Skip the Paste—You Should Chomp Down on a Toothpaste Tablet

It takes more effort to use a toothpaste tablet than your standard toothpaste. You’ll want to chew it a few times and move the remnants of the powdered tablet around your mouth to get it all over versus unevenly dispersed. It’s not hard to do, but some aggressive chomps before brushing your teeth might not be the evening workout you’re used to.

The toothbrush will help distribute the tablet and foam it up, but I’ve found it’s easier to distribute it as much as you can from the get-go. You’ll also want to use a wet toothbrush to add more moisture to achieve maximum foam. There are plenty of nights where I grab two tablets instead of one, if I feel like one isn’t enough foam for my teeth that day.

It’s a weird sensation that takes some getting used to; it feels much more powdery and dry than the gel toothpaste most people use, and if you don’t chew it up well enough you might not feel like your teeth got cleaned at all. My husband tried toothpaste tablets and hated the texture and feel immediately. It took me about a week to get used to it, but now I can’t go back.

Sweet Tooth

One of the big reasons I can’t go back is because whenever I try regular toothpaste, I’m struck by how sugary-sweet it tastes.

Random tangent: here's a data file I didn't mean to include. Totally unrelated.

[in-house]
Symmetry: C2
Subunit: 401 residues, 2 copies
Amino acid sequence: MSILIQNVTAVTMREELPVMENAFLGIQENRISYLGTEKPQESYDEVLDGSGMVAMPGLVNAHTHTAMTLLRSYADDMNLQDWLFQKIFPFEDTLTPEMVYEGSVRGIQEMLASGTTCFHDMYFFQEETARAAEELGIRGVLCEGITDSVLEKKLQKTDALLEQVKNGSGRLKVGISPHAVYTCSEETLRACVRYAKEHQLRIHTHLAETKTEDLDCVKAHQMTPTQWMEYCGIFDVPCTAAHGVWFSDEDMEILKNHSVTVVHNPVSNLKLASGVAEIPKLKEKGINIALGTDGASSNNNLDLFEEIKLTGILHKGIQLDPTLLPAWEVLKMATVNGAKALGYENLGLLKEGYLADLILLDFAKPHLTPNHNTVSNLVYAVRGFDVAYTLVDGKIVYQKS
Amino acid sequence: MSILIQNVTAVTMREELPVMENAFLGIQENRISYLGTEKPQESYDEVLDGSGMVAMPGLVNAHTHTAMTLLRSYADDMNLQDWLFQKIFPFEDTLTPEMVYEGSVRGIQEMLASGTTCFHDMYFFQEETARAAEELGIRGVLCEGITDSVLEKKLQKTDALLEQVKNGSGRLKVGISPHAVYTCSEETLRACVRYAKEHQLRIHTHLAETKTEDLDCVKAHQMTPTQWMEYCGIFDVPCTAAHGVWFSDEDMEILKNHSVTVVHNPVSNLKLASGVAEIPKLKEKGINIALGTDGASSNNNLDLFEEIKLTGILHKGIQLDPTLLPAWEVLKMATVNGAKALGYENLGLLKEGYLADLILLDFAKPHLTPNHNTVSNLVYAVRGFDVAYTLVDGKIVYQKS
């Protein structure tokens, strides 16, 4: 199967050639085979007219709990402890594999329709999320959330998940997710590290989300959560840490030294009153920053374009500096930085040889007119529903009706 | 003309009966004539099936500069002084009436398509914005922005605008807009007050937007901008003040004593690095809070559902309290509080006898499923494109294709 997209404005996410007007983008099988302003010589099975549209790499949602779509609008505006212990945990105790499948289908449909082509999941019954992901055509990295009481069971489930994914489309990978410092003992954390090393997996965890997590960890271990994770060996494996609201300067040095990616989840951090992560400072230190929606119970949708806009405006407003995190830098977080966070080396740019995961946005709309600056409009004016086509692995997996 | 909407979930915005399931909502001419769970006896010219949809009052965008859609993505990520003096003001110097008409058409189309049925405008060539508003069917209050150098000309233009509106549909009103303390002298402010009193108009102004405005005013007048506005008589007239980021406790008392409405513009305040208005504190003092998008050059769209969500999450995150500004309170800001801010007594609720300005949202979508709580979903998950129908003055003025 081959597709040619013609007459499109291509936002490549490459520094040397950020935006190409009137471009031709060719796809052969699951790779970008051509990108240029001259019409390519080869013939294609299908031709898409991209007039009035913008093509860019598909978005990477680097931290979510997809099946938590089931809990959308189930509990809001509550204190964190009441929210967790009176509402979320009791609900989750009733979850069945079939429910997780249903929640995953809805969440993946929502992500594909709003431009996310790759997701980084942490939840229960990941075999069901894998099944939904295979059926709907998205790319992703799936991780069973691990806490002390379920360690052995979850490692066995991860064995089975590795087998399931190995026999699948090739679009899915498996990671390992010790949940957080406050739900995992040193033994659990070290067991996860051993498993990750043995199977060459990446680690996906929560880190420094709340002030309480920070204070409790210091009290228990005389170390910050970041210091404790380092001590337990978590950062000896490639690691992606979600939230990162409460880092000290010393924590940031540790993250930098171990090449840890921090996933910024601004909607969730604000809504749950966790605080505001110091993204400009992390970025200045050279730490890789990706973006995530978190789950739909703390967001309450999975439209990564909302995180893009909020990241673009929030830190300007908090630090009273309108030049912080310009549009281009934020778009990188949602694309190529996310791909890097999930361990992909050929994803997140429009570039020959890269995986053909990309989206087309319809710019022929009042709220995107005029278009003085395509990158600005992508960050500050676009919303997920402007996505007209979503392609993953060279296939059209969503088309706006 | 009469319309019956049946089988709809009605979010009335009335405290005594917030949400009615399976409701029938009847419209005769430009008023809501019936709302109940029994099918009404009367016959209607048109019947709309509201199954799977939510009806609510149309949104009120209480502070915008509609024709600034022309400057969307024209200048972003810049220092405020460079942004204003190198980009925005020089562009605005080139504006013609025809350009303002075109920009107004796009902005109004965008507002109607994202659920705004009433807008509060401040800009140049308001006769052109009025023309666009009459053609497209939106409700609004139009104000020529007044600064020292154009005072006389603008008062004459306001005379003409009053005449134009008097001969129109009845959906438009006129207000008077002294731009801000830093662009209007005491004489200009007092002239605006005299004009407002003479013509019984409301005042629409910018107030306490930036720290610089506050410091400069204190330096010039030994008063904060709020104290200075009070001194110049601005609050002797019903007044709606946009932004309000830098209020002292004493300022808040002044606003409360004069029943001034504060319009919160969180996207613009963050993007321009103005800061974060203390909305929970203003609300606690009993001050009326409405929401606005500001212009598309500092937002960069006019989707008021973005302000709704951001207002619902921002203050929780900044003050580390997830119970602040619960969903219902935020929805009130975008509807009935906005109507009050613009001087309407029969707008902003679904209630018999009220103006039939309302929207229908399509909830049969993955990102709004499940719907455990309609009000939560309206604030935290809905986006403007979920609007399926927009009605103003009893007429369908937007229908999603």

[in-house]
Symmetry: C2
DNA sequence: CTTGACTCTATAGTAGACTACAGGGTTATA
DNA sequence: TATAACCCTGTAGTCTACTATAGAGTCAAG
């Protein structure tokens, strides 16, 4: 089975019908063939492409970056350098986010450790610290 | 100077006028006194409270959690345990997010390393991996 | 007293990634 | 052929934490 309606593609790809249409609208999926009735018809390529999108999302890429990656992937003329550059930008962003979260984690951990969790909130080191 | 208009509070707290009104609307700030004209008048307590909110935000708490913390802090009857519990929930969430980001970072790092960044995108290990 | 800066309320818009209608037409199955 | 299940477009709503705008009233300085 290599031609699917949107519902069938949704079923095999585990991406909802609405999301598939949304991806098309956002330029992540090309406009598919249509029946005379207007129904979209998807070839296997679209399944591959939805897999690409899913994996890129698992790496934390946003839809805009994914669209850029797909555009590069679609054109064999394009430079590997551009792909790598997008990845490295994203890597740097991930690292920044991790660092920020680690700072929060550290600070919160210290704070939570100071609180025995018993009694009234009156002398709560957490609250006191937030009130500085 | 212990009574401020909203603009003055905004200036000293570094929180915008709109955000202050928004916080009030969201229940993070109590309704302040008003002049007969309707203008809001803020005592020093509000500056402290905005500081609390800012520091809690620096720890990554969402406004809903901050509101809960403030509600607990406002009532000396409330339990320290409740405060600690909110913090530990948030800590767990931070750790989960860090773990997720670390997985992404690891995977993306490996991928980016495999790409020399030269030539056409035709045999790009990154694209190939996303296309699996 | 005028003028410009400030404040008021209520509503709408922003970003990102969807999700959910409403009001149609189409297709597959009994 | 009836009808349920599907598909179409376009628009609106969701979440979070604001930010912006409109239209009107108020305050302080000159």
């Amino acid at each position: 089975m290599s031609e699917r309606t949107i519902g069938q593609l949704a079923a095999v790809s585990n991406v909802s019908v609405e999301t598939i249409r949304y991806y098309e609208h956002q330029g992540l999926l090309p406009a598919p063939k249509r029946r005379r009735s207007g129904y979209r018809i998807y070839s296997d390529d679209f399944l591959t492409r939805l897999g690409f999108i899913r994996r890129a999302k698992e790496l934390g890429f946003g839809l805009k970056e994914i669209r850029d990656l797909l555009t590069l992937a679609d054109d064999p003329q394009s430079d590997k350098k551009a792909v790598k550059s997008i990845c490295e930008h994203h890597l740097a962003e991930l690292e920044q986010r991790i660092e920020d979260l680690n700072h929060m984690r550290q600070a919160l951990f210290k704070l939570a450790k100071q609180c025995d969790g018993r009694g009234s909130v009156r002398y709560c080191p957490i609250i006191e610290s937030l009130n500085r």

Toothpastes don’t have sugar in them—at least not ones that are approved by the American Dental Association—but they do have some kind of sweetening agents to make it taste better. Colgate, a major toothpaste maker, lists saccharine and sorbitol as common sweetening agents. Both of these are artificial sweeteners and are used to cover the flavor of the less tasty ingredients.

Hand holding clear jar with white label and silver lid. Black countertop and toothbrush behind it.

Photograph: Nena Farrell

Some tablets also use sweetening agents. A popular choice is xylitol, which Huppy, another toothpaste tablet maker, says is “a natural sweetener that wards off unwelcome bacteria.” It’s also listed as an ingredient in my Bite tablets. Xylitol isn’t artificial—it’s found in plants and fruits— and there is some limited research to support that it can reduce plaque and protect enamel when used in dental settings.